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Hot Docs 2013 Preview Pt. 1

The Manor Hot Docs

The Manor
Special Presentation

The opening night film is not feel-good, but surely interesting and very hard to forget; whether you want to remember or not. A colourful cast of characters make up the people of The Manor, a hotel and strip club in Guelph, and those colors are pretty unattractive ones.

As narrated by the indecisive, apprehensive, and quixotic son of the club’s owner, The Manor is no commentary or quest, simply presentation and amazement. Shawney Cohen, an idealistic Jewish family man in his mid 30’s questions the Cohen business while tending to a few familial issues in his uneventful southern Ontario town.

The lives of those associated with The Manor, a historic Guelph institute, are anything but ordinary. Shawney’s father is dangerously obese, clocking in at around 400 pounds before his stomach surgery. His mother, on the other hand, is scarily underweight, and looks as if she were to fall, something would break. His brother, who enjoys the business, is dating a blond woman who works at the club, and the two live in his parent’s basement. The hotel manager has a problem with drugs, and another coworker, who is treated like a son, has trouble with everything else.

It’s a powerful portrait for sure, and Shawney gives the viewer incredibly intimate access over the course of three years in trying to deal with a tough, single-minded father, a feeble mother, and a carefree brother. Shawney for his part seems to want to be compelling, but his inaction is just as frustrating as the unhealthy and aggressive decisions made by others.

At times funny, mostly tragic, and always engrossing (or just gross), The Manor is a curious choice for opening night, a well-made film, and calls for a shower after viewing.

Thu, Apr 25
9:30 PM – Bloor Hot Docs Cinema
Mon, Apr 29 12:00 PM – TIFF Bell Lightbox 1

[star v=35]

Special Presentation

An answering machine message, one that still seems too ludicrous to be real, one that asks for an explanation and an apology on behalf of someone else, becomes a fitting opening to a film about Anita Hill. The voice on the machine claims to be Ginny Thomas, wife of United States Supreme Court Justice Clarence Thomas, and she is asking for Anita Hill to explain why she accused Mr. Thomas of harassment in 1991 when he was a nominee for the court. So begins a retrospective, with Ms. Hill offering her thoughts along the way in a film that emphasizes her courage over the previous decades.

Divided into two distinct parts, the first is not at all new but still compelling and evocative. It follows Anita Hill’s testimony before the U.S. Congress on the character of Mr. Thomas, a lengthy appearance that somehow turned into a character assessment of Ms. Hill. It remains chilling, as an out-of-touch group of men, led by now Vice President Joseph Biden, are more interested in discussing sex the way a child might, almost giggling along the way. They interrogate Hill while bowing to Mr. Thomas.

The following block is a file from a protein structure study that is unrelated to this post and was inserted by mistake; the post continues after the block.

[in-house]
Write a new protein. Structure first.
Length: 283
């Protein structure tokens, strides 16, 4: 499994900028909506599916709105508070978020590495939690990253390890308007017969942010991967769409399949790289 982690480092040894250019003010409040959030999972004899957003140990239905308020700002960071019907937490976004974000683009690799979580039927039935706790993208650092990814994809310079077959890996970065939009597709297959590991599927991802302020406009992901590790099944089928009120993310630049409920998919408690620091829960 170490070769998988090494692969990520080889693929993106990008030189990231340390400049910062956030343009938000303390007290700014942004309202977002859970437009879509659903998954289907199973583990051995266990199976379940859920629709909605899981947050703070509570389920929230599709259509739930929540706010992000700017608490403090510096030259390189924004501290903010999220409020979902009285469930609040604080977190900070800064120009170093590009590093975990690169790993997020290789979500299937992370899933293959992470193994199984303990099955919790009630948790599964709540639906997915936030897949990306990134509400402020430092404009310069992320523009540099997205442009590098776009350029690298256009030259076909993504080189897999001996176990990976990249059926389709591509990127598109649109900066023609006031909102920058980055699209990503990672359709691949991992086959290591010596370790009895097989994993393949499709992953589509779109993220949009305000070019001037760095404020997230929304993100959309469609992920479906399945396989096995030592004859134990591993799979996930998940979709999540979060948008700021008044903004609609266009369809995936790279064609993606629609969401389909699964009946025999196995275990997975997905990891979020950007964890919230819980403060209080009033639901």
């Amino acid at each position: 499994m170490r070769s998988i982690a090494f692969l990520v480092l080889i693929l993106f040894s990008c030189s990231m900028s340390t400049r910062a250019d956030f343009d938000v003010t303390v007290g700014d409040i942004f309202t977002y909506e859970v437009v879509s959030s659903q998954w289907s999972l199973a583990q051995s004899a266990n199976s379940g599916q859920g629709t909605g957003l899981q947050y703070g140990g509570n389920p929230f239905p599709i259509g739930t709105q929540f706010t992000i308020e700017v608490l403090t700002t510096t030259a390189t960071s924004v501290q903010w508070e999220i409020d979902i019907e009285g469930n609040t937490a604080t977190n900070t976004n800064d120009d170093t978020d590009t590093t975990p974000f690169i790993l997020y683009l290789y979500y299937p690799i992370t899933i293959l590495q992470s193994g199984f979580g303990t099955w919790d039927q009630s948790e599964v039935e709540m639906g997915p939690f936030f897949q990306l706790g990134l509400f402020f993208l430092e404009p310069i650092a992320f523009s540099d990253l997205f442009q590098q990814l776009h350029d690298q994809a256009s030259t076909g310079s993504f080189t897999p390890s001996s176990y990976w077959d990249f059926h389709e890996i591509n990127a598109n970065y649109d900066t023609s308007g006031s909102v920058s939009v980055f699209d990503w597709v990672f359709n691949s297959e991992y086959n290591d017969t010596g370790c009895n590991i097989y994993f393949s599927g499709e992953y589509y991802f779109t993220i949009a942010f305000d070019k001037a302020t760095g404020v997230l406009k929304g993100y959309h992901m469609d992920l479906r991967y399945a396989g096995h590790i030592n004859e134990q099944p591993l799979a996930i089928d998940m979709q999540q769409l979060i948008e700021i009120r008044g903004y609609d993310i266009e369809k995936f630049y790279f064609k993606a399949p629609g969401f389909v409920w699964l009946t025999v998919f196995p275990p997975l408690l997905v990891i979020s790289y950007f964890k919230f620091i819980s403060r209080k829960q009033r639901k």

Ms. Hill and contemporaries remember the momentous day, illustrating so simply the failure of the U. S. government.

The second half, however, takes a different tone. It shows how Hill’s life dramatically changed after hearings, and while what happened to her is significant, the film loses steam after a powerful start. The ending, however, redeems, as Hill today has become a unifying and inspiring figure in raising awareness about harassment and educating a younger, more empowered generation of women. It takes a while for the film to reach a stirring conclusion, but when it does, and when you hear a select group of very young women talk about equality, it’s something special.

Fri, Apr 26
6:30 PM – Bloor Hot Docs Cinema
Sat, Apr 27 1:30 PM – Isabel Bader Theatre
Sat, May 4 4:00 PM – Isabel Bader Theatre

[star v=3]

Who Is Dayani Cristal?
Special Presentation

A dead body is found in the hot sun of Arizona’s Sonora Desert abutting the Mexican-American border. It is one of many bodies found annually in the desert of migrants looking to start a new life in America, having crossed the border illegally to gain access. This body may or may not be that much different from the other unknowns, but director Marc Silver and actor/producer Gael Garcia Bernal care deeply.

In what looks to be one of the most powerful and imaginative films at the festival, Silver wants to know who the dead man who has a tattoo across his chest reading ‘Dayani Cristal,’ was in life and why he tried to make it to America.

As Silver offers stunning insight into the forensics and statistics of these unknown deceased crosses, and seeks to find the family and friends of this dead man, Mr. Bernal sets out on an incredible pilgrimage. Clad in a red hat and blue shirt, Bernal narrates while weaving his way through Mexico, he attempts to recreate the path taken by so many as the leave their homes and head for the border in an attempt to better understand. He makes acquaintances along the way, hearing stories from those who seek America.

That is, of course, if they make it to the border. The most magnificent part of the film takes place atop a train, one that runs through Mexico and has become a part of the journey to America. They don’t ride in it, but atop, jumping on and off and sitting on the roof as it snakes its way through the country. It is breathtaking and unbelievable, not to mention exceedingly dangerous. Intimate and illuminating, Who Is Dayani Cristal is a tragic tale, giving very human faces to a growing international problem.

Sat, Apr 27
12:00 PM – Bloor Hot Docs Cinema
Mon, Apr 29 4:00 PM – Isabel Bader Theatre
Sun, May 5 9:30 PM – TIFF Bell Lightbox 1

[star v=45]

Anthony Marcusa

A pop-culture consumer, Anthony seeks out what is important in entertainment and mocks what is not. Inspired by history, Anthony writes with the hope that someone, somewhere, might be affected.